After years of stagnant climate policy, months of excruciating political negotiations and a marathon weekend of back-to-back votes, the Senate passed Democrats’ sweeping climate and health care bill on Sunday.
The estimated $740 billion package, called the Inflation Reduction Act, includes nearly $400 billion in climate spending — by far the largest climate investment in the country’s history. The plan would be largely paid for by new taxes, including a 15 percent minimum tax on the handful of companies with annual profits of about $1 billion.
The bill represents a fraction of the climate investment Democrats dreamed of when Joe Biden took office, but it includes policies that are expected to help America reduce its climate pollution by 40 percent by 2030. (Like Vox notesThat’s a little less dramatic than it sounds: The basis for the reduction is 2005, when emissions peaked, and the country was on track to cut its emissions by 20 percent by 2030 without the legislation.) If the policy passed, taxpayers’ money will fund credits and rebates for renewable energy, energy efficiency technology and electric cars. It will also fund climate resilience projects and pollution monitoring in vulnerable communities and punish fossil fuel companies for excess methane emissions.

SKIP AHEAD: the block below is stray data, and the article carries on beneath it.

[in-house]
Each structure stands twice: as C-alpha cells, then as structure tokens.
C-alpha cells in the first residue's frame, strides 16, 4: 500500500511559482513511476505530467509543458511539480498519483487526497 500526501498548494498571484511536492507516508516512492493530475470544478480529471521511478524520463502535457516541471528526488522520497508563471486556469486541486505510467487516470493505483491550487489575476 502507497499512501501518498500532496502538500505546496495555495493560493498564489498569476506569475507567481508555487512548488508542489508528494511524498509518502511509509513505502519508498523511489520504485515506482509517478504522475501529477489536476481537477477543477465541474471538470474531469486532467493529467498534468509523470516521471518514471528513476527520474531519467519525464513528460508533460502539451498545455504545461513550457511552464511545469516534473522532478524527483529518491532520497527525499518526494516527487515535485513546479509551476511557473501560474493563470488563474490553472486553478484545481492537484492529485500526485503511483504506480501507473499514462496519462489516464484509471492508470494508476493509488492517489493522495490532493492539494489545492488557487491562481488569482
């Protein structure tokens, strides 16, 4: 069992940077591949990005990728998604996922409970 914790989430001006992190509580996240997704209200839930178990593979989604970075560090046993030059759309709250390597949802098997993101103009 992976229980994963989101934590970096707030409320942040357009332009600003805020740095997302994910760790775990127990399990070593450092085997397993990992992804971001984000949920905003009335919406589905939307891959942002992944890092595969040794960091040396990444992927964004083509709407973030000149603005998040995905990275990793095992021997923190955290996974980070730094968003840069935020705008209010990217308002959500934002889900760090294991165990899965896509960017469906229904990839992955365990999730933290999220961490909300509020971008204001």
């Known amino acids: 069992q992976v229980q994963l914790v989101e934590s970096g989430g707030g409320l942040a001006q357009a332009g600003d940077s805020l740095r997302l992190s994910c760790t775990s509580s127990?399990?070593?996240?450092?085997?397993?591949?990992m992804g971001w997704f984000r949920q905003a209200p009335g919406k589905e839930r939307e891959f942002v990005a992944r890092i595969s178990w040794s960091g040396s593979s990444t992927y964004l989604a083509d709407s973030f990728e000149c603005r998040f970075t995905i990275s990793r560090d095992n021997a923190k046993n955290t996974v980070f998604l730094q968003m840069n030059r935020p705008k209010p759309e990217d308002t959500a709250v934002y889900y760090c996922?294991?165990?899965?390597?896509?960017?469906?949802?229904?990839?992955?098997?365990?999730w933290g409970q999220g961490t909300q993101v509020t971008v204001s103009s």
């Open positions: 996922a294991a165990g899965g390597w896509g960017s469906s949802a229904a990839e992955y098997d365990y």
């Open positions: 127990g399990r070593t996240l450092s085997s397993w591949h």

While the package has made headlines for its climate action, it also includes major health care reforms, including policies that would allow Medicare to negotiate certain prescription drugs for the first time, extend expiring subsidies that help millions of people buy health insurance. pay, and-of-pocket drug costs for seniors on Medicare up to $2,000 per year.
After overcoming initial opposition from Senator Joe Manchin and pushing back Senator Kyrsten Sinema at the last minute, Democrats were united in the 51-50 vote, with Vice President Kamala Harris casting the decisive vote. The legislation now goes to the House of Representatives.
“It’s been a long, difficult and winding road, but we’re finally here,” Senate Majority Leader Chuck Schumer said just before the final vote.